“It’s time to hold the Mylan Board accountable, as they have failed in their duty to properly represent shareholders by continuing to reward management after the mishandling of the EpiPen pricing scandal and their lax oversight of their own Chairman,” added Anne Sheehan, Director of Corporate Governance at CalSTRS.
The investor coalition’s May 30 letter is on file with the Securities and Exchange Commission at https://www.sec.gov/Archives/edgar/data/1517047/000121465917003708/pdf_d530170px14a6n.pdf.
To read the U.S. Department of Health and Human Services letter released by Senator Grassley, click here.
To read about Senator Blumenthal’s call for Mylan to repay Medicaid, click here.
To read the New York Times article referenced above, click here.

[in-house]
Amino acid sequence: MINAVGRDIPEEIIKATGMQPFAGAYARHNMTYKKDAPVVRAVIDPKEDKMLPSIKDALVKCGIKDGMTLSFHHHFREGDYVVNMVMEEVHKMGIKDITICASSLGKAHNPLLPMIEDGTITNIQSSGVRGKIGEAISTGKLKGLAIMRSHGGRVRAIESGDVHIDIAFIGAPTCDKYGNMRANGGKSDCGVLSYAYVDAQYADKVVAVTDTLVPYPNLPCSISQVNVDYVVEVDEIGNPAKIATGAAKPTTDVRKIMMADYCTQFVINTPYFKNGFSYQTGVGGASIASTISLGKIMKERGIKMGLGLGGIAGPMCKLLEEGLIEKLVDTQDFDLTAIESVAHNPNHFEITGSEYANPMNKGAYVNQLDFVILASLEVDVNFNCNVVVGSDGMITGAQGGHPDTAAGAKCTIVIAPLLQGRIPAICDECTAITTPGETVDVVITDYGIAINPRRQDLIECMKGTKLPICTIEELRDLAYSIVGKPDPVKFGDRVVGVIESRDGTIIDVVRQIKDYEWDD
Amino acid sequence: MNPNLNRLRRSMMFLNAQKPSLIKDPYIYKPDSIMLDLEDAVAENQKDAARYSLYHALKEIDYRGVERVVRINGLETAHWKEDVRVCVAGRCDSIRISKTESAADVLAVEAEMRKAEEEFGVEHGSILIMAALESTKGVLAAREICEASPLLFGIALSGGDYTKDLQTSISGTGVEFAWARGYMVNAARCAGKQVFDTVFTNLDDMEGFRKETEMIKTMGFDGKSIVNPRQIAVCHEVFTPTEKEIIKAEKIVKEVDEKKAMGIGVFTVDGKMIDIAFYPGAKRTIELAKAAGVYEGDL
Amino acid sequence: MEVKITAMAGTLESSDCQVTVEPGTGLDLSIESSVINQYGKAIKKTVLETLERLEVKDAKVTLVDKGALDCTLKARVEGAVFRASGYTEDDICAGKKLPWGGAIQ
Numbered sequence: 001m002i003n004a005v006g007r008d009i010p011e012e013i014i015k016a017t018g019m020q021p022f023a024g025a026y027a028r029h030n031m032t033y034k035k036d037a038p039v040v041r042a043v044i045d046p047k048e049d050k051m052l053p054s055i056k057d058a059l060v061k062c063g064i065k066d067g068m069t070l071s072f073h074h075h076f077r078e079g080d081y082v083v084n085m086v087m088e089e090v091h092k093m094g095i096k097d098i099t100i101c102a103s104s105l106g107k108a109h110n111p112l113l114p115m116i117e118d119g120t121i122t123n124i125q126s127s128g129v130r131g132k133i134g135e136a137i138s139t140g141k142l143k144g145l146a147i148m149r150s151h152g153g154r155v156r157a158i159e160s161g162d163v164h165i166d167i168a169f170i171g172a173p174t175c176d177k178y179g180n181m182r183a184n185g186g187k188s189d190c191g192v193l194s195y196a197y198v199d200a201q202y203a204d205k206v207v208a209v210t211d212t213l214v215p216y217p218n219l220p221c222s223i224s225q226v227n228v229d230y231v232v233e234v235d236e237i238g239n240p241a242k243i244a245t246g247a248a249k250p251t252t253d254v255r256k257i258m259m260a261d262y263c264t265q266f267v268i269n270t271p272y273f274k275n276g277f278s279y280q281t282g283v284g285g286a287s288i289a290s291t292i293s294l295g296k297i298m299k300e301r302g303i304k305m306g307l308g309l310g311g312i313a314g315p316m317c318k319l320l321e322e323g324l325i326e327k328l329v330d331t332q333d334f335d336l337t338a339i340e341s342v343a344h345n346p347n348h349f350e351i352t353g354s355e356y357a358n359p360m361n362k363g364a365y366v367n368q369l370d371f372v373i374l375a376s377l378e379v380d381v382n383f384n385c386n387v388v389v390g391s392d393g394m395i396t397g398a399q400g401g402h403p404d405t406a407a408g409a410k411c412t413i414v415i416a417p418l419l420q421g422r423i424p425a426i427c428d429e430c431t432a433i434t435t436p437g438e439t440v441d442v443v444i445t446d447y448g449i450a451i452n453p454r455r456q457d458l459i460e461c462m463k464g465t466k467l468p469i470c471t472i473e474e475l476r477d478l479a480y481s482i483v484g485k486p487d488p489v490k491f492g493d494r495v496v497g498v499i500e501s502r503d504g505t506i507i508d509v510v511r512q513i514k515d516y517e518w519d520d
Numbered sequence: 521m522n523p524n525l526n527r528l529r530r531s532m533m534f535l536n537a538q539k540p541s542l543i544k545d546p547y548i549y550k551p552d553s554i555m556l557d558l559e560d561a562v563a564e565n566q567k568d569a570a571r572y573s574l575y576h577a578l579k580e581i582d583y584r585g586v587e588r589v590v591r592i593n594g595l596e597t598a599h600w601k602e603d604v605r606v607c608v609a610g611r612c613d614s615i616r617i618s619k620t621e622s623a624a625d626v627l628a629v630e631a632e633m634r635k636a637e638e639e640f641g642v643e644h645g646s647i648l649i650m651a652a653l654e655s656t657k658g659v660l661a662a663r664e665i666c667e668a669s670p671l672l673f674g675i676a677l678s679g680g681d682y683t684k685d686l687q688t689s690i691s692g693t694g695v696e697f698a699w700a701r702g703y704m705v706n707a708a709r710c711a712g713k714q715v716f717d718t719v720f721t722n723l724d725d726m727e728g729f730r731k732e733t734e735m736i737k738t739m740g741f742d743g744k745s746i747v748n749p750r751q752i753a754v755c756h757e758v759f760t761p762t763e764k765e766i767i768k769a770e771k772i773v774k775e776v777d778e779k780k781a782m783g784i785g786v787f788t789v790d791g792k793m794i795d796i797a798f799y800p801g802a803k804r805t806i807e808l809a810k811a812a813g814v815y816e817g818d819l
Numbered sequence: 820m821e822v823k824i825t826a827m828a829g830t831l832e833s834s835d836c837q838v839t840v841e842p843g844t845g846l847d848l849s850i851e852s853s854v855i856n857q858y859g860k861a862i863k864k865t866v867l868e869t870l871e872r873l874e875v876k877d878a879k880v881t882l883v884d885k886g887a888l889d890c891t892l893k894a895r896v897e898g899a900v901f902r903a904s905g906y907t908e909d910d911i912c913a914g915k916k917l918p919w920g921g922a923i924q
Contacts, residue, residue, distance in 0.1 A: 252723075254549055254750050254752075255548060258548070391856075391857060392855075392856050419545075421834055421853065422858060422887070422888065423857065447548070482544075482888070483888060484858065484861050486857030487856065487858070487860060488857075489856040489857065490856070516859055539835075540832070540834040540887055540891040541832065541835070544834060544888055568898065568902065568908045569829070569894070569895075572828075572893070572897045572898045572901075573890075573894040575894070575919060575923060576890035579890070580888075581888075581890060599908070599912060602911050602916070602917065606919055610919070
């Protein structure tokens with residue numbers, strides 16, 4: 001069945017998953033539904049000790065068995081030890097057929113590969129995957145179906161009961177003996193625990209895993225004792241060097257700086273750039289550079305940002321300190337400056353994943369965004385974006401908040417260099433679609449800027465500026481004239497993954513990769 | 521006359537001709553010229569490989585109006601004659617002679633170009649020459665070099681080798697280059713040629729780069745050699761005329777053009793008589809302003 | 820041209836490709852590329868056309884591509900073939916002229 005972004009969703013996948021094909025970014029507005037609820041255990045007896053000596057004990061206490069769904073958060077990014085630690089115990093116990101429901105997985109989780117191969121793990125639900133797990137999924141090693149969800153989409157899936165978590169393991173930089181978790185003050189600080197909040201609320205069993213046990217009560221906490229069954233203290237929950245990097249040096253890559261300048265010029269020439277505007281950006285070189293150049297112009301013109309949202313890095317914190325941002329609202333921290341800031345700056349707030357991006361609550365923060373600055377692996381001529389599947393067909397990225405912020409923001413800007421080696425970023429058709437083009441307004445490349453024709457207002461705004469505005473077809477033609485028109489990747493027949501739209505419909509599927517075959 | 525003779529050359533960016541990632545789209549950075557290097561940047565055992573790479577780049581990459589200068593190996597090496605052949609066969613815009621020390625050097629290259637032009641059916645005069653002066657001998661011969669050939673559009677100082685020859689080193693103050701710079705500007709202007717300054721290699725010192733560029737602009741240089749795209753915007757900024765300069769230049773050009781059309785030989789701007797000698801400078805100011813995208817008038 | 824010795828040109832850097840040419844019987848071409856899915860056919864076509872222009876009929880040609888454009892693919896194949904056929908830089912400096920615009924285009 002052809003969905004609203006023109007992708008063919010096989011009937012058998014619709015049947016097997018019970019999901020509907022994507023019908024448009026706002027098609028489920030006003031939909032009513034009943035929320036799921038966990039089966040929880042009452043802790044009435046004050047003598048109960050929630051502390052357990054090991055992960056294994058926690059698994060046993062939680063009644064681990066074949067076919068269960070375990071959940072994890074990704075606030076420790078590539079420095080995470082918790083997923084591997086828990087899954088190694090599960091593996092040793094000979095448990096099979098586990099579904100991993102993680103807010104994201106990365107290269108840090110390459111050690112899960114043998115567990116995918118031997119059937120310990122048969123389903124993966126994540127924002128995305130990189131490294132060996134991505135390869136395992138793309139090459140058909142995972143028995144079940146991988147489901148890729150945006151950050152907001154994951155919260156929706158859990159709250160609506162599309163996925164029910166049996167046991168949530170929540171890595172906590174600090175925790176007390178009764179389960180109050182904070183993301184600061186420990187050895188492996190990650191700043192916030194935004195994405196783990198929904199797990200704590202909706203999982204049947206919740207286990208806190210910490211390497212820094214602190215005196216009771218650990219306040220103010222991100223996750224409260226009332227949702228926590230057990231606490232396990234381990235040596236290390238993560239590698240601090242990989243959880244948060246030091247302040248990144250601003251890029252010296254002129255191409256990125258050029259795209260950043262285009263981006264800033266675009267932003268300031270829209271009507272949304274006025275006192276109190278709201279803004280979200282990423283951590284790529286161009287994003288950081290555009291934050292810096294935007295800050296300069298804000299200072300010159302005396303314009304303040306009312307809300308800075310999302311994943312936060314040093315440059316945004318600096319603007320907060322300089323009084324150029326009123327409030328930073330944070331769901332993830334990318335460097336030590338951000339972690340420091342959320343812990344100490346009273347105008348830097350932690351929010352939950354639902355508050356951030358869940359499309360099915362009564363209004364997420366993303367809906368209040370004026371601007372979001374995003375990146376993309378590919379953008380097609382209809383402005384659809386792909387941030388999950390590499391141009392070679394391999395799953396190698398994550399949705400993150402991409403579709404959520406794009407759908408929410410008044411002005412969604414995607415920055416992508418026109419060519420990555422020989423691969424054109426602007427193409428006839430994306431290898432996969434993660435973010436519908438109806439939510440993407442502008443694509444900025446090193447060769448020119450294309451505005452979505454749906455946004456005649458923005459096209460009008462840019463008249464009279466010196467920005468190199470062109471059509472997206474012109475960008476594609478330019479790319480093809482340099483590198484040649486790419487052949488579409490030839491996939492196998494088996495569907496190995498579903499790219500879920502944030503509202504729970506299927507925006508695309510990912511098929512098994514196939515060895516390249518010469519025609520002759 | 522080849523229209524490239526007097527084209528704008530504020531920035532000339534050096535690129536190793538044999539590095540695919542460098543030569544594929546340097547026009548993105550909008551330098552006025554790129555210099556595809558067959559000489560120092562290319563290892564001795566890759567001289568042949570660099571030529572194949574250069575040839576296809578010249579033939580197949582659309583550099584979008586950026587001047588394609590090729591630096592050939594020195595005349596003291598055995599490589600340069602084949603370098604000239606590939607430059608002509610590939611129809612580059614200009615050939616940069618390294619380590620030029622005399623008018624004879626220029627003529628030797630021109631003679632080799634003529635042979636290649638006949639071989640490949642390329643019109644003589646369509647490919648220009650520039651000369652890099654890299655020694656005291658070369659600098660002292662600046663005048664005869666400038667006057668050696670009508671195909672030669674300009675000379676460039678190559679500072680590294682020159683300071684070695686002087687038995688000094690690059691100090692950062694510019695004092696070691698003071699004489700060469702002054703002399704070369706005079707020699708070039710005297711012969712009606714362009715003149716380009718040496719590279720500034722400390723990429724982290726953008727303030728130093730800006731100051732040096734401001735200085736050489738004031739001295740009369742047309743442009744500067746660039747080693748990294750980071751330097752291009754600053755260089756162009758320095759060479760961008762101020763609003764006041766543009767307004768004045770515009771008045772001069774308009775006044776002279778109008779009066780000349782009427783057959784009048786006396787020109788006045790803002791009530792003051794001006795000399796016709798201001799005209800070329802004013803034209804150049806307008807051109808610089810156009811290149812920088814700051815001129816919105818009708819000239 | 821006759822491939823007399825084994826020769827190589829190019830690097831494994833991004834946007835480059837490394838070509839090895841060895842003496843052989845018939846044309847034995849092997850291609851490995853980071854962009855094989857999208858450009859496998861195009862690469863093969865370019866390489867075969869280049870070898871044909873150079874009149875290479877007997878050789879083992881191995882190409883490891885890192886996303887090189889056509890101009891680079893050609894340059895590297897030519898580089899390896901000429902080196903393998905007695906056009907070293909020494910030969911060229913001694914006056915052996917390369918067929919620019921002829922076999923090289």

Comptroller Stringer serves as the investment advisor to, and custodian and a trustee of, the New York City Pension Funds. The New York City Pension Funds are composed of the New York City Employees’ Retirement System, Teachers’ Retirement System, New York City Police Pension Fund, New York City Fire Department Pension Fund and the Board of Education Retirement System.
In addition to Comptroller Stringer, the New York City Pension Funds’ Trustees are:
New York City Employees’ Retirement System: Mayor Bill de Blasio’s Representative, John Adler (Chair); New York City Public Advocate Letitia James; Borough Presidents: Gale Brewer (Manhattan), Melinda Katz (Queens), Eric Adams (Brooklyn), James Oddo (Staten Island), and Ruben Diaz, Jr. (Bronx); Henry Garrido , Executive Director, District Council 37, AFSCME; John Samuelsen, President Transport Workers Union Local 100; Gregory Floyd, President, International Brotherhood of Teamsters, Local 237.
Teachers’ Retirement System: Mayor Bill de Blasio’s Appointee, John Adler (Chair); Raymond Orlando, representing the Chairperson of the Panel for Educational Policy and Debra Penny, Thomas Brown and David Kazansky, all of the United Federation of Teachers.